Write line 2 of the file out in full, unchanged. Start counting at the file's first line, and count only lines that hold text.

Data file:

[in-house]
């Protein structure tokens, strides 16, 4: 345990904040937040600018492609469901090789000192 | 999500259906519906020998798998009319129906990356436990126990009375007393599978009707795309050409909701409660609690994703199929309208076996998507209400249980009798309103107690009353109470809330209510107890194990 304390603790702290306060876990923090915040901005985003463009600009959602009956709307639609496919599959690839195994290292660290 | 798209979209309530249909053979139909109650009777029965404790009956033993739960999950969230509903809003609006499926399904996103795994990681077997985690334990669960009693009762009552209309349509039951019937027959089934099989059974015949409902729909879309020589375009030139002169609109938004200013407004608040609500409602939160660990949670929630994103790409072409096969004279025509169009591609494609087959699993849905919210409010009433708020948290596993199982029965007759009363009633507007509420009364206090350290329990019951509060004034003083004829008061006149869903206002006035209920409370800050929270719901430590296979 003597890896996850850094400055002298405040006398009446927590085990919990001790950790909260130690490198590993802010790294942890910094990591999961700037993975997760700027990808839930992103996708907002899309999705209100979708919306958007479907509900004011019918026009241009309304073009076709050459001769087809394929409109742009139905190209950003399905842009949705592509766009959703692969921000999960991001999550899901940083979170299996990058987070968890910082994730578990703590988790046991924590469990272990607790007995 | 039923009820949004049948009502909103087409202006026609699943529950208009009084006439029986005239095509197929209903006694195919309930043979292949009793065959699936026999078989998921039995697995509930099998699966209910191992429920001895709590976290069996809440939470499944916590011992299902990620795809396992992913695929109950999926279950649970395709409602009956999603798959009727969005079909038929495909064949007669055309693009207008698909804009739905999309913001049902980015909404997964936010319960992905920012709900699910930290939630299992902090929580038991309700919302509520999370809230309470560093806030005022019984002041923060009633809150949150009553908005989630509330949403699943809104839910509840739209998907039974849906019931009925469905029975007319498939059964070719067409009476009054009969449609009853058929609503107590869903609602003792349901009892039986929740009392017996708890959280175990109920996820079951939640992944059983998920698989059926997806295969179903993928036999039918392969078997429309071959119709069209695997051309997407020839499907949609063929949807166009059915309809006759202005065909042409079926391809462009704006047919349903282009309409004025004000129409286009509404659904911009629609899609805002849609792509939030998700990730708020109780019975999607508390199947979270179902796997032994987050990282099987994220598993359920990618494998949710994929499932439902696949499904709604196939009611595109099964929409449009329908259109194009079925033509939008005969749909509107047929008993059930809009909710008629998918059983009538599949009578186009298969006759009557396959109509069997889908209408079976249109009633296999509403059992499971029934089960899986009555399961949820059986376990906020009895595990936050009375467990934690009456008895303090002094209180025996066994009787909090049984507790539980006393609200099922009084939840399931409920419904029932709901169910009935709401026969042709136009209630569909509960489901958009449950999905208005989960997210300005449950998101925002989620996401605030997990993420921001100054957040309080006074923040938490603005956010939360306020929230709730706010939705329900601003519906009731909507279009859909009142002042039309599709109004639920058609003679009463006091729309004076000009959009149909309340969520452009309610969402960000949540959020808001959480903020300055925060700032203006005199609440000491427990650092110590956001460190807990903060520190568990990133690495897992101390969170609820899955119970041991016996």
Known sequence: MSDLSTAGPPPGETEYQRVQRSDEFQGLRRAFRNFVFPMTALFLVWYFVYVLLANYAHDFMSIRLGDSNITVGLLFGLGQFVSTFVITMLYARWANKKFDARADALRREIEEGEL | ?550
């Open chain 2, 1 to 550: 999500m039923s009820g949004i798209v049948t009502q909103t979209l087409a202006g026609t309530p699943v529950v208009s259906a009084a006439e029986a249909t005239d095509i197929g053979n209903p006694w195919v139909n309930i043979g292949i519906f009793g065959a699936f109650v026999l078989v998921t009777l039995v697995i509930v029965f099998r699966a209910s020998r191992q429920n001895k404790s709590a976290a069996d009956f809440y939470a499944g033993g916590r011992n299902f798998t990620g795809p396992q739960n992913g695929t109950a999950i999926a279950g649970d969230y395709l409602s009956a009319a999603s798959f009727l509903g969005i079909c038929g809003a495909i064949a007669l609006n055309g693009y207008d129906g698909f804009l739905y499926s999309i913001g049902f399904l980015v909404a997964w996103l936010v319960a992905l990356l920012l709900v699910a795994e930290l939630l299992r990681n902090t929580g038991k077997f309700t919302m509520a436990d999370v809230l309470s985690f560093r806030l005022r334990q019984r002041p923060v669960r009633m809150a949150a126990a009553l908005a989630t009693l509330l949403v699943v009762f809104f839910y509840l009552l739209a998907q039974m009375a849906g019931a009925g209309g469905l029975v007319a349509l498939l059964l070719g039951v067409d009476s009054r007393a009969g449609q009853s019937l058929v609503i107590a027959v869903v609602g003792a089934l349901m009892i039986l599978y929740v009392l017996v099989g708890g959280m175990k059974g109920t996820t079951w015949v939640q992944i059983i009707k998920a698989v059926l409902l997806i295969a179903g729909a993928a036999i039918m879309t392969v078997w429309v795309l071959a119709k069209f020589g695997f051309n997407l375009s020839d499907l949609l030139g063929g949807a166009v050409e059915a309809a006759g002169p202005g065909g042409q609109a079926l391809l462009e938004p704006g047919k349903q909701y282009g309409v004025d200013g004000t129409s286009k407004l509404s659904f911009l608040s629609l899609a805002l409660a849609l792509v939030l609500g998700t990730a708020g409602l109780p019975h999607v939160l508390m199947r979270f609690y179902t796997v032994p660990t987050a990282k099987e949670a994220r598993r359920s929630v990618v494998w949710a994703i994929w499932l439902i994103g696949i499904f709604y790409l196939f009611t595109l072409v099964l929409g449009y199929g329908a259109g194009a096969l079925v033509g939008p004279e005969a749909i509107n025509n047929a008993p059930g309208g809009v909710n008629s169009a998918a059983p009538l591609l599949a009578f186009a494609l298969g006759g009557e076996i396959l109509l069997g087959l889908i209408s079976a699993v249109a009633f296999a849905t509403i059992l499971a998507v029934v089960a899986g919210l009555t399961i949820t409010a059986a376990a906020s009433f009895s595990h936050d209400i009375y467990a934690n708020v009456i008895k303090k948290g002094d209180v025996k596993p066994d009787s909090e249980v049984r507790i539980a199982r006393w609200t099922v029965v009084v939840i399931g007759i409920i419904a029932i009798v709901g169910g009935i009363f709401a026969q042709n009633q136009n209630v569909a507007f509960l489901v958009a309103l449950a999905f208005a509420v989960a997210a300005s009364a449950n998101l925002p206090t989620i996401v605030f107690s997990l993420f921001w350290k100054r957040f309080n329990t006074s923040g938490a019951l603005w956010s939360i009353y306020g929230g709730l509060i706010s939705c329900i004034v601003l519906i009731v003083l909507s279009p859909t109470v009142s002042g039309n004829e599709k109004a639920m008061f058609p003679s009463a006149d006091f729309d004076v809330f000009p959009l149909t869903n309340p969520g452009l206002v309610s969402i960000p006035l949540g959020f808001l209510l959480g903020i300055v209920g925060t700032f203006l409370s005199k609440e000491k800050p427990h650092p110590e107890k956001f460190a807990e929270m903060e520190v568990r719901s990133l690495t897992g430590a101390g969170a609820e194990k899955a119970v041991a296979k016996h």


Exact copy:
């Protein structure tokens, strides 16, 4: 345990904040937040600018492609469901090789000192 | 999500259906519906020998798998009319129906990356436990126990009375007393599978009707795309050409909701409660609690994703199929309208076996998507209400249980009798309103107690009353109470809330209510107890194990 304390603790702290306060876990923090915040901005985003463009600009959602009956709307639609496919599959690839195994290292660290 | 798209979209309530249909053979139909109650009777029965404790009956033993739960999950969230509903809003609006499926399904996103795994990681077997985690334990669960009693009762009552209309349509039951019937027959089934099989059974015949409902729909879309020589375009030139002169609109938004200013407004608040609500409602939160660990949670929630994103790409072409096969004279025509169009591609494609087959699993849905919210409010009433708020948290596993199982029965007759009363009633507007509420009364206090350290329990019951509060004034003083004829008061006149869903206002006035209920409370800050929270719901430590296979 003597890896996850850094400055002298405040006398009446927590085990919990001790950790909260130690490198590993802010790294942890910094990591999961700037993975997760700027990808839930992103996708907002899309999705209100979708919306958007479907509900004011019918026009241009309304073009076709050459001769087809394929409109742009139905190209950003399905842009949705592509766009959703692969921000999960991001999550899901940083979170299996990058987070968890910082994730578990703590988790046991924590469990272990607790007995 | 039923009820949004049948009502909103087409202006026609699943529950208009009084006439029986005239095509197929209903006694195919309930043979292949009793065959699936026999078989998921039995697995509930099998699966209910191992429920001895709590976290069996809440939470499944916590011992299902990620795809396992992913695929109950999926279950649970395709409602009956999603798959009727969005079909038929495909064949007669055309693009207008698909804009739905999309913001049902980015909404997964936010319960992905920012709900699910930290939630299992902090929580038991309700919302509520999370809230309470560093806030005022019984002041923060009633809150949150009553908005989630509330949403699943809104839910509840739209998907039974849906019931009925469905029975007319498939059964070719067409009476009054009969449609009853058929609503107590869903609602003792349901009892039986929740009392017996708890959280175990109920996820079951939640992944059983998920698989059926997806295969179903993928036999039918392969078997429309071959119709069209695997051309997407020839499907949609063929949807166009059915309809006759202005065909042409079926391809462009704006047919349903282009309409004025004000129409286009509404659904911009629609899609805002849609792509939030998700990730708020109780019975999607508390199947979270179902796997032994987050990282099987994220598993359920990618494998949710994929499932439902696949499904709604196939009611595109099964929409449009329908259109194009079925033509939008005969749909509107047929008993059930809009909710008629998918059983009538599949009578186009298969006759009557396959109509069997889908209408079976249109009633296999509403059992499971029934089960899986009555399961949820059986376990906020009895595990936050009375467990934690009456008895303090002094209180025996066994009787909090049984507790539980006393609200099922009084939840399931409920419904029932709901169910009935709401026969042709136009209630569909509960489901958009449950999905208005989960997210300005449950998101925002989620996401605030997990993420921001100054957040309080006074923040938490603005956010939360306020929230709730706010939705329900601003519906009731909507279009859909009142002042039309599709109004639920058609003679009463006091729309004076000009959009149909309340969520452009309610969402960000949540959020808001959480903020300055925060700032203006005199609440000491427990650092110590956001460190807990903060520190568990990133690495897992101390969170609820899955119970041991016996």